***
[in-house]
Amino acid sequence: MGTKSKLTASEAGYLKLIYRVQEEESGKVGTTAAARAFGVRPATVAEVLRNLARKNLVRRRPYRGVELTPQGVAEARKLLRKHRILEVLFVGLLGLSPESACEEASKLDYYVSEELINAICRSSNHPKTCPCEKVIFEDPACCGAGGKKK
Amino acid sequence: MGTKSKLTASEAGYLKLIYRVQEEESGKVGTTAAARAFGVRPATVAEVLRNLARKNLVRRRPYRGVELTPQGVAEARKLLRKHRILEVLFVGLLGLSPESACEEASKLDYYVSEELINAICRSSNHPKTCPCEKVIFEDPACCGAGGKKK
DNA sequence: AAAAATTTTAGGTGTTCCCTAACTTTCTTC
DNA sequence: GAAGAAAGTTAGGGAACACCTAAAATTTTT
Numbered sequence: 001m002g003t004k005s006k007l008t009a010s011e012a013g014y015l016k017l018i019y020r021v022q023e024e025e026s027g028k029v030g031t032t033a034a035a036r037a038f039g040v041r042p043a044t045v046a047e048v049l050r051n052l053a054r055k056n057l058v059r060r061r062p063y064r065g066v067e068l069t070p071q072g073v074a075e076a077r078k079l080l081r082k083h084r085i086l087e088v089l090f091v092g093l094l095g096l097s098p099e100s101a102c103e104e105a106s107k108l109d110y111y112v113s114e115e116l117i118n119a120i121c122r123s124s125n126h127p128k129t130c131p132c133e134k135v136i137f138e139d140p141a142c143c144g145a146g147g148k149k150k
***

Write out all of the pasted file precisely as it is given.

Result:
[in-house]
Amino acid sequence: MGTKSKLTASEAGYLKLIYRVQEEESGKVGTTAAARAFGVRPATVAEVLRNLARKNLVRRRPYRGVELTPQGVAEARKLLRKHRILEVLFVGLLGLSPESACEEASKLDYYVSEELINAICRSSNHPKTCPCEKVIFEDPACCGAGGKKK
Amino acid sequence: MGTKSKLTASEAGYLKLIYRVQEEESGKVGTTAAARAFGVRPATVAEVLRNLARKNLVRRRPYRGVELTPQGVAEARKLLRKHRILEVLFVGLLGLSPESACEEASKLDYYVSEELINAICRSSNHPKTCPCEKVIFEDPACCGAGGKKK
DNA sequence: AAAAATTTTAGGTGTTCCCTAACTTTCTTC
DNA sequence: GAAGAAAGTTAGGGAACACCTAAAATTTTT
Numbered sequence: 001m002g003t004k005s006k007l008t009a010s011e012a013g014y015l016k017l018i019y020r021v022q023e024e025e026s027g028k029v030g031t032t033a034a035a036r037a038f039g040v041r042p043a044t045v046a047e048v049l050r051n052l053a054r055k056n057l058v059r060r061r062p063y064r065g066v067e068l069t070p071q072g073v074a075e076a077r078k079l080l081r082k083h084r085i086l087e088v089l090f091v092g093l094l095g096l097s098p099e100s101a102c103e104e105a106s107k108l109d110y111y112v113s114e115e116l117i118n119a120i121c122r123s124s125n126h127p128k129t130c131p132c133e134k135v136i137f138e139d140p141a142c143c144g145a146g147g148k149k150k